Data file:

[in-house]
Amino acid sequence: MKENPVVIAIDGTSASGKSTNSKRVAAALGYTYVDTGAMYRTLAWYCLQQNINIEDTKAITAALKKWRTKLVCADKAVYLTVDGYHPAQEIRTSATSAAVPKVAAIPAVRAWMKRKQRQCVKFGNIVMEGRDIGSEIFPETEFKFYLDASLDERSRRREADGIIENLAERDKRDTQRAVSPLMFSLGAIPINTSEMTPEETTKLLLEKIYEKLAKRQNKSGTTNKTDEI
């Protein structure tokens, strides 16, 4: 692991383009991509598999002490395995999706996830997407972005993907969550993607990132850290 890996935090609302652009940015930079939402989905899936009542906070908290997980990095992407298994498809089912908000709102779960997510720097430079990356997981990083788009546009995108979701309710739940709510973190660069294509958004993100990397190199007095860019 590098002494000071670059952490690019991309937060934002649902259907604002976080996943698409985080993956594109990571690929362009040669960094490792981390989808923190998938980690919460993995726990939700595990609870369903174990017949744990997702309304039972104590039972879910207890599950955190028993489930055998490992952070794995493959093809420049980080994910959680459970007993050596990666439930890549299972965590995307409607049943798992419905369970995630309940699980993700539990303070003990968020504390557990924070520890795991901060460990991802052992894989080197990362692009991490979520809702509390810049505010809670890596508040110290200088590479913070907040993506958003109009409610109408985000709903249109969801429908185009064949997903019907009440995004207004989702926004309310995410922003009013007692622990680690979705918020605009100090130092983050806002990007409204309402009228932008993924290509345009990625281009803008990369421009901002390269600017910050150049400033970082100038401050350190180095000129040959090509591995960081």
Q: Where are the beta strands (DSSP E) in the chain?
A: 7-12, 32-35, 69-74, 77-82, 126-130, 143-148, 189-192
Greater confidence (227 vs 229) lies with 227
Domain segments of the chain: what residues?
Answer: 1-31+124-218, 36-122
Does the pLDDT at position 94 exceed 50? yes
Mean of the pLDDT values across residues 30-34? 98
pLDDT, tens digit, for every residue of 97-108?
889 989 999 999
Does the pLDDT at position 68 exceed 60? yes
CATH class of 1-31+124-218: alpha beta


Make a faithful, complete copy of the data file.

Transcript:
[in-house]
Amino acid sequence: MKENPVVIAIDGTSASGKSTNSKRVAAALGYTYVDTGAMYRTLAWYCLQQNINIEDTKAITAALKKWRTKLVCADKAVYLTVDGYHPAQEIRTSATSAAVPKVAAIPAVRAWMKRKQRQCVKFGNIVMEGRDIGSEIFPETEFKFYLDASLDERSRRREADGIIENLAERDKRDTQRAVSPLMFSLGAIPINTSEMTPEETTKLLLEKIYEKLAKRQNKSGTTNKTDEI
């Protein structure tokens, strides 16, 4: 692991383009991509598999002490395995999706996830997407972005993907969550993607990132850290 890996935090609302652009940015930079939402989905899936009542906070908290997980990095992407298994498809089912908000709102779960997510720097430079990356997981990083788009546009995108979701309710739940709510973190660069294509958004993100990397190199007095860019 590098002494000071670059952490690019991309937060934002649902259907604002976080996943698409985080993956594109990571690929362009040669960094490792981390989808923190998938980690919460993995726990939700595990609870369903174990017949744990997702309304039972104590039972879910207890599950955190028993489930055998490992952070794995493959093809420049980080994910959680459970007993050596990666439930890549299972965590995307409607049943798992419905369970995630309940699980993700539990303070003990968020504390557990924070520890795991901060460990991802052992894989080197990362692009991490979520809702509390810049505010809670890596508040110290200088590479913070907040993506958003109009409610109408985000709903249109969801429908185009064949997903019907009440995004207004989702926004309310995410922003009013007692622990680690979705918020605009100090130092983050806002990007409204309402009228932008993924290509345009990625281009803008990369421009901002390269600017910050150049400033970082100038401050350190180095000129040959090509591995960081």
Q: Where are the beta strands (DSSP E) in the chain?
A: 7-12, 32-35, 69-74, 77-82, 126-130, 143-148, 189-192
Greater confidence (227 vs 229) lies with 227
Domain segments of the chain: what residues?
Answer: 1-31+124-218, 36-122
Does the pLDDT at position 94 exceed 50? yes
Mean of the pLDDT values across residues 30-34? 98
pLDDT, tens digit, for every residue of 97-108?
889 989 999 999
Does the pLDDT at position 68 exceed 60? yes
CATH class of 1-31+124-218: alpha beta